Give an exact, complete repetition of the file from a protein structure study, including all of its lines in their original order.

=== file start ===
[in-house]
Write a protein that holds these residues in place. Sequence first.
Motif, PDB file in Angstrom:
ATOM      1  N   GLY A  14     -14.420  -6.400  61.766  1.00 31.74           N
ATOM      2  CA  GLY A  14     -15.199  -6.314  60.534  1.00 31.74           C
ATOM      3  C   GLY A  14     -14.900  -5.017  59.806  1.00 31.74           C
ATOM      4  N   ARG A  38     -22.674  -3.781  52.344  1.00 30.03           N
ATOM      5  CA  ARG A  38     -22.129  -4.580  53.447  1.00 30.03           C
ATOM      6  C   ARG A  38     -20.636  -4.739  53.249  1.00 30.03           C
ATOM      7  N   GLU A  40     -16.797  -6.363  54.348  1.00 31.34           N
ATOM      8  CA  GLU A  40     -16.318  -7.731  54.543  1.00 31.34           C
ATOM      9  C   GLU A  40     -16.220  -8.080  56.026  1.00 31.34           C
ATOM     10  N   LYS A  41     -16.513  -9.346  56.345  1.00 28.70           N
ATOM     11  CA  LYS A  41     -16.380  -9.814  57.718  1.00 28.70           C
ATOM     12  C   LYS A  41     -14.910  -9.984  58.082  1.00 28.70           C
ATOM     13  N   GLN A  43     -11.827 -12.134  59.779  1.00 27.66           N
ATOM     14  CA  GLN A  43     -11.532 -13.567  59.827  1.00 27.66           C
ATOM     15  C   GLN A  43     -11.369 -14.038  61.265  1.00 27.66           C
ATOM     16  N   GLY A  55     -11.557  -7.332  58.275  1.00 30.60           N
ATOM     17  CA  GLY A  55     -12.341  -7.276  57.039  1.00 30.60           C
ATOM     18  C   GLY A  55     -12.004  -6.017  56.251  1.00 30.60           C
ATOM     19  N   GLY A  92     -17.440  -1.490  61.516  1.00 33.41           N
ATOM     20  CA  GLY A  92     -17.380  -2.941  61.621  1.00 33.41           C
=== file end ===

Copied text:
[in-house]
Write a protein that holds these residues in place. Sequence first.
Motif, PDB file in Angstrom:
ATOM      1  N   GLY A  14     -14.420  -6.400  61.766  1.00 31.74           N
ATOM      2  CA  GLY A  14     -15.199  -6.314  60.534  1.00 31.74           C
ATOM      3  C   GLY A  14     -14.900  -5.017  59.806  1.00 31.74           C
ATOM      4  N   ARG A  38     -22.674  -3.781  52.344  1.00 30.03           N
ATOM      5  CA  ARG A  38     -22.129  -4.580  53.447  1.00 30.03           C
ATOM      6  C   ARG A  38     -20.636  -4.739  53.249  1.00 30.03           C
ATOM      7  N   GLU A  40     -16.797  -6.363  54.348  1.00 31.34           N
ATOM      8  CA  GLU A  40     -16.318  -7.731  54.543  1.00 31.34           C
ATOM      9  C   GLU A  40     -16.220  -8.080  56.026  1.00 31.34           C
ATOM     10  N   LYS A  41     -16.513  -9.346  56.345  1.00 28.70           N
ATOM     11  CA  LYS A  41     -16.380  -9.814  57.718  1.00 28.70           C
ATOM     12  C   LYS A  41     -14.910  -9.984  58.082  1.00 28.70           C
ATOM     13  N   GLN A  43     -11.827 -12.134  59.779  1.00 27.66           N
ATOM     14  CA  GLN A  43     -11.532 -13.567  59.827  1.00 27.66           C
ATOM     15  C   GLN A  43     -11.369 -14.038  61.265  1.00 27.66           C
ATOM     16  N   GLY A  55     -11.557  -7.332  58.275  1.00 30.60           N
ATOM     17  CA  GLY A  55     -12.341  -7.276  57.039  1.00 30.60           C
ATOM     18  C   GLY A  55     -12.004  -6.017  56.251  1.00 30.60           C
ATOM     19  N   GLY A  92     -17.440  -1.490  61.516  1.00 33.41           N
ATOM     20  CA  GLY A  92     -17.380  -2.941  61.621  1.00 33.41           C